Brain food for toddlers
Brain food for toddlers
A lot is said about the importance of a child’s first 1,000 days, and when it comes to early brain development, good nutrition at this time isn’t just food for thought – it’s essential.
Researchers explain that, ‘A great deal of the brain’s ultimate structure and capacity is shaped early in life before the age of three years,’ and good nutrition is a key factor that influences brain development at this crucial time.
It’s important that your toddler eats a healthy, balanced diet, and when it comes to specific foods, the researchers have identified 13 nutrients that are essential for early brain growth and function.
Today, we name these nutrients, and see which toddler-friendly foods contain these brain-boosters.
What nutrients are vital in your child’s first three years?
Although all nutrients are important for brain growth and function, the researchers have found that, ‘Certain ones have particularly significant effects during early development.’
Specifically, they say the following 13 nutrients are essential to optimise your child’s early brain development (in alphabetical order):
- Long-chain polyunsaturated fatty acids
- Vitamin A
- Vitamins B6 and B12
- Vitamin C
- Vitamin D
These nutrients have been found to influence different brain functions.
Protein, iron, iodine and zinc appear to have an optimising effect on all of the critical neurologic processes happening in the brain (processes relating to anatomy, chemistry, physiology and metabolism). While the other nine nutrients impact the brain in individual ways.
For example, copper, choline and glucose (along with protein, iron, iodine and zinc) help with the brain’s physiology and metabolism by supporting the ‘electrical efficiency’ of little grey cells. And long-chain polyunsaturated fatty acids are a vital ‘macro-nutrient’ that helps with the development of the brain’s anatomy.
There’s evidence that nutrition can have short- and long-term effects on the brain, and as well as optimising brain growth and development, good nutrition may also help your child to use their brain to concentrate and behave in positive ways.
What should your toddler be eating?
For general good health, the Australian Dietary Guidelines recommend that children eat a wide variety of foods from the five food groups every day and drink plenty of water.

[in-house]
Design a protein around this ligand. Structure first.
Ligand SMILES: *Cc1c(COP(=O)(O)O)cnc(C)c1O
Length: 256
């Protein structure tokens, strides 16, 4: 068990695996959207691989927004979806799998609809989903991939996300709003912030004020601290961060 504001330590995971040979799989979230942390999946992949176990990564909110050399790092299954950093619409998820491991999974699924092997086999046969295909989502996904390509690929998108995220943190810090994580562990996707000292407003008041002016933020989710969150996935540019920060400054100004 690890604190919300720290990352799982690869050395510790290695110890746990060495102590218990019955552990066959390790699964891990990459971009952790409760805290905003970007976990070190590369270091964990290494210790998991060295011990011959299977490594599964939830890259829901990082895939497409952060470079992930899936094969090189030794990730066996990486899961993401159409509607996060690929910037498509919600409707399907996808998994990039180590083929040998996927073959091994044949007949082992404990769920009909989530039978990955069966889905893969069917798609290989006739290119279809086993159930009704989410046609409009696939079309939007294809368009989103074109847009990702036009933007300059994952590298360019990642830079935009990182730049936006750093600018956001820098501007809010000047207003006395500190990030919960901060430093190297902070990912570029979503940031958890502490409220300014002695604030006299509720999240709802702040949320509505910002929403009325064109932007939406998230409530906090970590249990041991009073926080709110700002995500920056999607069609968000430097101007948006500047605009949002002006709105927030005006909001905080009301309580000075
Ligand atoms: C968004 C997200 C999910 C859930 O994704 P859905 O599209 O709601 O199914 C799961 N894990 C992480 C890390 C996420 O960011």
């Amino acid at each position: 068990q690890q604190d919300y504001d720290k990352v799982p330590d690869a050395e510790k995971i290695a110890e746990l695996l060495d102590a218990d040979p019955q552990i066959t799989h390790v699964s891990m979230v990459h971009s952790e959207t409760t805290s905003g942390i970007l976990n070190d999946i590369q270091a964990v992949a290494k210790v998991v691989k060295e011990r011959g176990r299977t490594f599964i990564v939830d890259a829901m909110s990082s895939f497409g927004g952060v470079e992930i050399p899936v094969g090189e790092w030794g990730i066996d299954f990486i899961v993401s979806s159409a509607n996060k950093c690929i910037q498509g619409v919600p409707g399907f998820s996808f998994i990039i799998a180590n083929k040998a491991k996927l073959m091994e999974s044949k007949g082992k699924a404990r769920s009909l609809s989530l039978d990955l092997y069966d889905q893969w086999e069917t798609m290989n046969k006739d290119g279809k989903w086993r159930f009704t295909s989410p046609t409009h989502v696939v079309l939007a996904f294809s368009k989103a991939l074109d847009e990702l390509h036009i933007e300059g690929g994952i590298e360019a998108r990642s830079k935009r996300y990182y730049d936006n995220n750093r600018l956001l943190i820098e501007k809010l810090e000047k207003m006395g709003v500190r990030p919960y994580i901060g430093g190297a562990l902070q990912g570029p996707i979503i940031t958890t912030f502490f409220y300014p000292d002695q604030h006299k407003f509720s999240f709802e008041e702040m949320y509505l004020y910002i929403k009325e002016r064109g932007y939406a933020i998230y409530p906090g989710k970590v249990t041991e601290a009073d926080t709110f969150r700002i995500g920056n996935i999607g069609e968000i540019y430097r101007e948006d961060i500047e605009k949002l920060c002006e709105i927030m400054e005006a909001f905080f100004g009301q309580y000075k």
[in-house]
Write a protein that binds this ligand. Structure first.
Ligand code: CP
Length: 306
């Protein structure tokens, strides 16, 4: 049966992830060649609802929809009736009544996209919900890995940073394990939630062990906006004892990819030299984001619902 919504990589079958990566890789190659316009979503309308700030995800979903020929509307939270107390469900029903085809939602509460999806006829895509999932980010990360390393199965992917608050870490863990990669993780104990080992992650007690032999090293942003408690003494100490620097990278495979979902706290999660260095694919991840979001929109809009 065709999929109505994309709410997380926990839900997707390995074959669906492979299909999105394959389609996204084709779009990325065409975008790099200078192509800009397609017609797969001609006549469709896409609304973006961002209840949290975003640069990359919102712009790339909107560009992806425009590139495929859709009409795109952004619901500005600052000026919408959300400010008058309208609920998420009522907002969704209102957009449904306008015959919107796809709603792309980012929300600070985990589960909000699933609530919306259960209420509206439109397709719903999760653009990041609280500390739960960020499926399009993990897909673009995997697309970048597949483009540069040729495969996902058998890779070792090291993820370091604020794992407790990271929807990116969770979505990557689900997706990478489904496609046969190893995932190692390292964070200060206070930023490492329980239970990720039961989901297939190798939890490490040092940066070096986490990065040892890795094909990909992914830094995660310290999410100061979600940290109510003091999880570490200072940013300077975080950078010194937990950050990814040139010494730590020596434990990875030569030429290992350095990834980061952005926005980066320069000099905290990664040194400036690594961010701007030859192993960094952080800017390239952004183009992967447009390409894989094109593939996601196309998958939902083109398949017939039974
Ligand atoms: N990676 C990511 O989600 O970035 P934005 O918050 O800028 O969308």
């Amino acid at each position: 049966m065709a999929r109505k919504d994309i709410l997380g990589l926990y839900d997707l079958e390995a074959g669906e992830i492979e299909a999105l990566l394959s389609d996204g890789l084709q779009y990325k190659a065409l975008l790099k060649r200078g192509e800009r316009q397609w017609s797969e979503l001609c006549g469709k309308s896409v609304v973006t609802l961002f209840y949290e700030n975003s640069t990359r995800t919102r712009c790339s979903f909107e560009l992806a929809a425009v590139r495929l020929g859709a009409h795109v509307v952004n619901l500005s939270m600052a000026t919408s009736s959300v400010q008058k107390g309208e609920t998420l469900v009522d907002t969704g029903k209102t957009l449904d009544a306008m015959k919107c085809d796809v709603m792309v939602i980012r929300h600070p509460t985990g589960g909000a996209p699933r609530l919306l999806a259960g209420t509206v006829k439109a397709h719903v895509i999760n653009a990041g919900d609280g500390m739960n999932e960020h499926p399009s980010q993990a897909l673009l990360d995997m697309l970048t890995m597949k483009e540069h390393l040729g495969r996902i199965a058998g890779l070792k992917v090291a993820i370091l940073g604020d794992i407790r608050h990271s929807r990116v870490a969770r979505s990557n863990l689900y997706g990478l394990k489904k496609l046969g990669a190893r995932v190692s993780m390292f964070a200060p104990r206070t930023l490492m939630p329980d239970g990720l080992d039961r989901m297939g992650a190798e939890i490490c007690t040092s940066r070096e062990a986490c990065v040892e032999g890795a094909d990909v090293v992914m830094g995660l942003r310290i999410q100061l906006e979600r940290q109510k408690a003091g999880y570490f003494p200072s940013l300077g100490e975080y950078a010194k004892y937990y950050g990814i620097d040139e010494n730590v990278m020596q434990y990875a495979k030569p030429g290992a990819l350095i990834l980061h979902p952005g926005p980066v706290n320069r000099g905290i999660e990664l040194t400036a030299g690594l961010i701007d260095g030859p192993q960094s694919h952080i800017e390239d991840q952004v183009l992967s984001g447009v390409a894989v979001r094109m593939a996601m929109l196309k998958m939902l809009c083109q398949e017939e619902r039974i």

As a guide, HealthDirect says two- to three-year-olds should have these portions each day:
- 1 serve of fruit
- 2.5 serves of vegetables
- 4 serves of grains
- 1 serve meat/poultry, and
- 1.5 serves of dairy
In this mix, there are many toddler-friendly foods that contain the nutrients your child needs for optimal brain health.
Although this isn’t an exhaustive list and specific foods might not be appropriate for your child, the following foods are good sources of the 13 brain-boosting nutrients:
- Protein is found in lean meats and seafood, eggs, milk, yoghurt (especially Greek yoghurt), cheese (especially cottage cheese), legumes and beans. Nuts and seeds are also protein-laden.
- Long-chain polyunsaturated fatty acids are found in oily fish (like salmon, tuna and mackeral) and walnuts.
- Iron is easy to find in red meat, but foods like poultry, seafood, eggs, nuts, dried fruit, oats, wholemeal pasta, iron-fortified bread and breakfast cereals, baked beans, spinach, broccoli, silverbeet and tofu also contain this nutrient.
- Food Standards Australia and New Zealand explains that, ‘Iodine is in many foods, but much of the Australian and New Zealand food supply is now low in iodine.’ You can find it in sushi rolls (because seaweed contains iodine), canned salmon, bread (made with iodised salt), cheddar cheese, eggs and dairy (such as milk, flavoured yoghurt and ice-cream!).